IMG_1937A vacation, when we’re really lucky, gives a family the opportunity to bond, share old memories and make new ones. That was my hope for our recent family trip to the mountains.

Now that my kids are young adults, my son is twenty-one and my daughter 19, (Yikes!) I felt it was safe to ask them if my way of parenting worked for them when they were growing up. Of course I wouldn’t ask this question if I wasn’t fairly confident they would say, “You were a great mother! I wouldn’t change anything! When I have kids I’m going to rear them in exactly the same way!”

Ha! Woman plans and God laughs.

It is true that both kids said I was a great mother and that was totally gratifying. Once I was all languid with self-satisfaction they slipped in the “…but…”

But? There’s a ‘but’?!

Among other things, it turns out that when they were little, whenever they weren’t going to like the answer to a question they asked me, I had a ‘tell,’ a clue, that gave me away before I even said, “No way, sweetie.” My early warning system consisted of:

1. Before answering the question, silence would reign a few seconds too long. Imagine crickets.

2. I sighed.

3. The coup de grâce. I’d say something like: “Let’s think about this,” or “It depends,” or “Let’s talk with your Dad.”

All code, at least 80% (maybe 90%) of the time for “No.”

They hated hearing that sigh, they said.

Now in the scheme of things this is pretty gentle feedback. Doesn’t matter. I felt hurt and misunderstood. So naturally I got defensive.

Why? I’m a grown up! I’m even one of those parents who believes strongly that you can’t parent from a platform of always needing your kid to like you. Being a good-enough parent means there will be times your kid is going to downright hate your guts. That’s not always a bad thing. In our house we often quoted Mick Jagger:

“You can’t always get what you want. But if you try, sometimes, you get what you need.”

They probably hated hearing that, too, come to think of it.

Anyway, even as the mother of young adults who were reasonably and honestly answering the very question I posed to them myself, I got defensive.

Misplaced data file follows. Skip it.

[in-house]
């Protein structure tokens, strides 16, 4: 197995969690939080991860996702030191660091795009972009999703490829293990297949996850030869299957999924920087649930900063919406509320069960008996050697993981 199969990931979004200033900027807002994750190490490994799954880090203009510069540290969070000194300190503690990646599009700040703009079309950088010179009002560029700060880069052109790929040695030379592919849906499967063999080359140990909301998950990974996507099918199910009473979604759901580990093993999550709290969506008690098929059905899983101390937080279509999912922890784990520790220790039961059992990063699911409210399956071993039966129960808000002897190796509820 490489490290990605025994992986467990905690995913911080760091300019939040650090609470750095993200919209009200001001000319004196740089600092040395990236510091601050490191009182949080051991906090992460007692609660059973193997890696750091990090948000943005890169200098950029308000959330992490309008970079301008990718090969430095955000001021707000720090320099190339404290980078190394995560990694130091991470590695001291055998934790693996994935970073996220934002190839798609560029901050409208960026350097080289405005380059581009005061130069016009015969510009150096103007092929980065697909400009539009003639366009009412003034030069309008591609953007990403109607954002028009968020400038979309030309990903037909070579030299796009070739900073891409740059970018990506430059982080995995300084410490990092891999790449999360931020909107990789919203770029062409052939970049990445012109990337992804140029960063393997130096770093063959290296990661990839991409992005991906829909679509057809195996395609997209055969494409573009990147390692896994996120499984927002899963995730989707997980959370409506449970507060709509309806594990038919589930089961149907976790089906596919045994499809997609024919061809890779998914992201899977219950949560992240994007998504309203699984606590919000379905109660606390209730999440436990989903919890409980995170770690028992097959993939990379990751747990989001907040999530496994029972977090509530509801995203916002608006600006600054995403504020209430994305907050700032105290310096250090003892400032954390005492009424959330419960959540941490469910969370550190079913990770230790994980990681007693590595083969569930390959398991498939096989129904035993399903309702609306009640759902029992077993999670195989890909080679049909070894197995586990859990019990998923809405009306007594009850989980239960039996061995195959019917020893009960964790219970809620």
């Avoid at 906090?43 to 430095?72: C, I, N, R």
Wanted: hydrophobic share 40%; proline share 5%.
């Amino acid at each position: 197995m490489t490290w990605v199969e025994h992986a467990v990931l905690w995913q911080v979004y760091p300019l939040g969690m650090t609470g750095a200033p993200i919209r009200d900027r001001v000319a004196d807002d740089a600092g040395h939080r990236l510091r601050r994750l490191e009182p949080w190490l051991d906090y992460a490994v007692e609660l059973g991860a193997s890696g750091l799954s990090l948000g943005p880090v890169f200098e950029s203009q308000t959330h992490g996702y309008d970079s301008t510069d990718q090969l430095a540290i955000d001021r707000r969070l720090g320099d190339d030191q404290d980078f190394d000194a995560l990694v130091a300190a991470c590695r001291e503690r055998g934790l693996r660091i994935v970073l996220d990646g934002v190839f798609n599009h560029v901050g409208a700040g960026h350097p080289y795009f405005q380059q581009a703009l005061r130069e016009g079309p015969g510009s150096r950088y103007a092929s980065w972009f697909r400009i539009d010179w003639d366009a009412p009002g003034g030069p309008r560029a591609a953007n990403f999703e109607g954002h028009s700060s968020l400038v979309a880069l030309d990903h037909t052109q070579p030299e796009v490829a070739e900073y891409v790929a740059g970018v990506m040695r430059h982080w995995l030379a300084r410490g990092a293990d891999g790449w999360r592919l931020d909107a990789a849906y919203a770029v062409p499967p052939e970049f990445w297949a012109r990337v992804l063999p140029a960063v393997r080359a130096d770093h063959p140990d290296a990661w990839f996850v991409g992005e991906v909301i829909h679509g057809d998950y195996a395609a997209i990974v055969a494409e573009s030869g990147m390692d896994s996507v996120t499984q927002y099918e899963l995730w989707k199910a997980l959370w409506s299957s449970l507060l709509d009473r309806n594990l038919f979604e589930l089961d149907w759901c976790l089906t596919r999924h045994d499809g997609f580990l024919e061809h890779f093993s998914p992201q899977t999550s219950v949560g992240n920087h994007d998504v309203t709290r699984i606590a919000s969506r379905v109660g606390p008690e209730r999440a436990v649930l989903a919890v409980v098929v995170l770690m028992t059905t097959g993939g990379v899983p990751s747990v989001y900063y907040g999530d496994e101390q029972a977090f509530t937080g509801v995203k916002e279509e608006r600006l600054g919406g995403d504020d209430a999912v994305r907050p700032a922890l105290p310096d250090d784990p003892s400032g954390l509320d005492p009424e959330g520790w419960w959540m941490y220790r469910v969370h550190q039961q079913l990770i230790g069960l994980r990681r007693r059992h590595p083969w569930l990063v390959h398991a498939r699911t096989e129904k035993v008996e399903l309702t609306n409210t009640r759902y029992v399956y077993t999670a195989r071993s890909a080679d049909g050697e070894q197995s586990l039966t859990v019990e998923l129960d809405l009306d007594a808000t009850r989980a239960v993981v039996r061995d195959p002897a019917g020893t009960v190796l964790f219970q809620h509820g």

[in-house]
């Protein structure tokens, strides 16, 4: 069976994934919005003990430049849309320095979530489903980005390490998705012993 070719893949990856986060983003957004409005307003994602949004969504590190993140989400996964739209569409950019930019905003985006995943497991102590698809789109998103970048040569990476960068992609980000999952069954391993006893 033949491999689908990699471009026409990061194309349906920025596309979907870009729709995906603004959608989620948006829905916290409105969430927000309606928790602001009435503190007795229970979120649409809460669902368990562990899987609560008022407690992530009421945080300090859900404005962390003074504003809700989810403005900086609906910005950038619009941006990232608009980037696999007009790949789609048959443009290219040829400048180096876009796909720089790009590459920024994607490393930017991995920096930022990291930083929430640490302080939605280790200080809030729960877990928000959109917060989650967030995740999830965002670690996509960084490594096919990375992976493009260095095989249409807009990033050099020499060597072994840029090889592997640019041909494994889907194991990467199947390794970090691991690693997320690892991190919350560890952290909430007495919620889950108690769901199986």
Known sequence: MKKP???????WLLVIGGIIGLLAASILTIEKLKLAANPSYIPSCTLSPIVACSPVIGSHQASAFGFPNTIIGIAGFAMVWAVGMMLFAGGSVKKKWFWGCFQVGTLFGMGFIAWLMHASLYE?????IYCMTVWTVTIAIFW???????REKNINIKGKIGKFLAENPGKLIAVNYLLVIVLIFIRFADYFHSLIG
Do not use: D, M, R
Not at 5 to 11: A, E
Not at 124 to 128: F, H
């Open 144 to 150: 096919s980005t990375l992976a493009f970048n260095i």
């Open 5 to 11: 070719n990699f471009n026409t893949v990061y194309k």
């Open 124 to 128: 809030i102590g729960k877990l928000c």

In the middle of my defensive argument, I realized how ridiculous I sounded. By overreacting I was missing an important point but I wasn’t sure what it was. Finally, I sighed (Yes. I sighed!) and said, “I had no idea I had a tell.”

And that’s really why I got defensive. I had no idea. The negative feedback caught me completely off guard and my dukes went up automatically in a ‘flight/fight’ kinda way. If either of them had said, “I hated that we had a ban on talking about Sponge Bob at the dinner table,” I would have been ready for it and even laughed a little at the memory.

But this was out of the blue. Like someone telling you you had spinach in your teeth after you made that presentation to the Board of Directors. My kids held the mirror up and guess what? I wasn’t perfect.

Once I relaxed and just accepted the truth, that during all those years my kids’ used their good observation skills to anticipate my response, they gave example after example from their memory storage banks. “Do you remember the time…” “What about when…”

Each example was one where it made sense that I said no. Like when my daughter was ten years old and she was invited to a sleep-over by a child whom I had never met, to a home where I had never set foot and whose family I did not know. What I was doing with the cricket-y silence, the sigh and the “Let’s think about this,” was giving myself space so that I didn’t come down with an unprocessed, reactive NO! I needed time to look at all sides of the issue, hear the kid out, and, if needed, to consider how to say ‘no’ in a way that was respectful and at least had a chance to be understood by all.

“Between stimulus and response there is a space. In that space there is our power to choose our response. In our response lies our growth and our freedom.” ~Viktor Frankl

Giving ourselves that space as parents is challenging to say the least. But necessary. Without it we are vulnerable to teaching our kids they are not worthy of respect. We can even become abusive.

The point I was missing? My son and daughter actually agreed that I should have said ‘no’ in most of their examples, they never said they didn’t. What they were saying was that hearing that sigh, they knew what was coming and as little kids, they found it sucky no matter how respectful I was. That’s OK, I can live with that.

Most importantly, as we drove to the trailhead for our day hike, brother and sister were bonding over their shared memories. Vacation mission accomplished!